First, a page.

Really, the general public has no idea what a radiologist is. Then again, a lot of physicians don't know much about radiologists either. However, as the wife of a radiologist, I can assure you that they are much more than the voice at the other end of the phone. Here are two big reasons holding people back from discovering these great doctors in person.
If someone asks you what your husband does and you say he is a radiologist, you might as well have said he is a snuffleupagus.
See, the radiologist is the one that calls you doctor and tells them that when you slipped on your cat's dentures and fell face first into that bird bath you did, in fact, break your vomer into three pieces. Ouch. But really, the general public has no idea what a radiologist is.
Then again, a lot of physicians don't know much about radiologists either. To them, the radiologist is a mythological classification (like the tribe of Arimaspi) who they have heard about but never seen.
However, as the wife of a radiologist, I can assure you that they are much more than the voice at the other end of the phone or an ancient tribe of one-eyed men. So basically, as far as I can tell, there are two big reasons holding people back from discovering these great doctors in person. Let me try to clear up those points:
Radiation is scary. Radiologists deal with a scary and mythical substance called radiation. Radiation is so scary to people that they make up funny explanations to calm their nerves about being around it, such as the "banana equivalent dose." This whimsical unit of radiation exposure is informally defined as the additional dose a person will absorb from eating one banana.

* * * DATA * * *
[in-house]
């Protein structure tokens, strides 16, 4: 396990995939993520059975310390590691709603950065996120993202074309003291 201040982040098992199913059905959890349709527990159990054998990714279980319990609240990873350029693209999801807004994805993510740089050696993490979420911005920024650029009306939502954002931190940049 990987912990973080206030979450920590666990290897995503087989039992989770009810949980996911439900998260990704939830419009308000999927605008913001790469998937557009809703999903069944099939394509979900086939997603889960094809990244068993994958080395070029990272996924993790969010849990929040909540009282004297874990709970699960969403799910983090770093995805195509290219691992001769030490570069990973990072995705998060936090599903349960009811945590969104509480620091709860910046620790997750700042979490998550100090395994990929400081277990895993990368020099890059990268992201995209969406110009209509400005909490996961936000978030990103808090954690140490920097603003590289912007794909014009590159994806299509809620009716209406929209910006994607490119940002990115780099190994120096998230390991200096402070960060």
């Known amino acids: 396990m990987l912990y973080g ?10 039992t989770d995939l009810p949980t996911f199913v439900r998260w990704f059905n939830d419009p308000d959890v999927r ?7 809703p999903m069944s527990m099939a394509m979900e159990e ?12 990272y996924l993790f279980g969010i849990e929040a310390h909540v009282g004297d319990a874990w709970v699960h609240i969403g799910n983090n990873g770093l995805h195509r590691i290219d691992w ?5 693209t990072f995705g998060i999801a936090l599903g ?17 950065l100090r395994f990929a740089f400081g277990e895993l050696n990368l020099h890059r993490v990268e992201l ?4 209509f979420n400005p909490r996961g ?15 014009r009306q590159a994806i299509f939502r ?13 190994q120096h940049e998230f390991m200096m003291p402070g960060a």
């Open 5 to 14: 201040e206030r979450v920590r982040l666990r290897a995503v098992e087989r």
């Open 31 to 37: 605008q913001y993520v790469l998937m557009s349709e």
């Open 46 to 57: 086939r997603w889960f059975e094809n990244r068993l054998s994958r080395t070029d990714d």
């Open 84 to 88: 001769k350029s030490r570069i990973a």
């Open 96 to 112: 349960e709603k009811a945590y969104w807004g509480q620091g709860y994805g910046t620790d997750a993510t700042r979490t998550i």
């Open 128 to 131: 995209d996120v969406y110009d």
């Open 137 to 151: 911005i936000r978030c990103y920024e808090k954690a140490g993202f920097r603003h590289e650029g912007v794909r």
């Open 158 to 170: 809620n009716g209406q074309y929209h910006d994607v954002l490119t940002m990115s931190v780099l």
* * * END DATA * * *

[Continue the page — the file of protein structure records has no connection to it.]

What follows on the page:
I am assuming that this only succeeds in making people afraid to eat bananas and think that radiation is really strange thing and that radiologists are even stranger. I mean, can you get a banana equivalent dose from a radiologist? If you meet one should you give them a banana? If you run out of bananas should you offer another food that is rich in potassium, like potatoes, kidney beans, sunflower seeds or Brazil nuts?
Darkness makes it hard to see. Radiologists spend a lot of their time working in the dark. Most other doctors like to work with the lights on, which means that radiologists cannot work with them. This can make radiologists seems antisocial as well as making them hard to find. Radiologists are usually located by phone call, not by an actual person-to-person visit.
But besides the dark conditions making them physically hard to find, the dark can also be dismal or gloomy. The average person who spends too much time in the company of a radiologist might just burst into tears. This outburst is often falsely attributed to "lack of people skills" on the part of the radiologist. Actually it is a form of seasonal affective disorder on the part of the newcomer. You have to work up to spending that much time in the dark... or use a light therapy lamp.
So now that you know that you won't die of radiation and that you really can discover them amidst all that darkness here is what I suggest. September should be declared National Find a Radiologist Month. It should be a month and not just a day because radiologists are in fact hard to find. If you use you month wisely, you might even find more than one. When you do, tell them that the Radiology Wife sent you and bring a banana.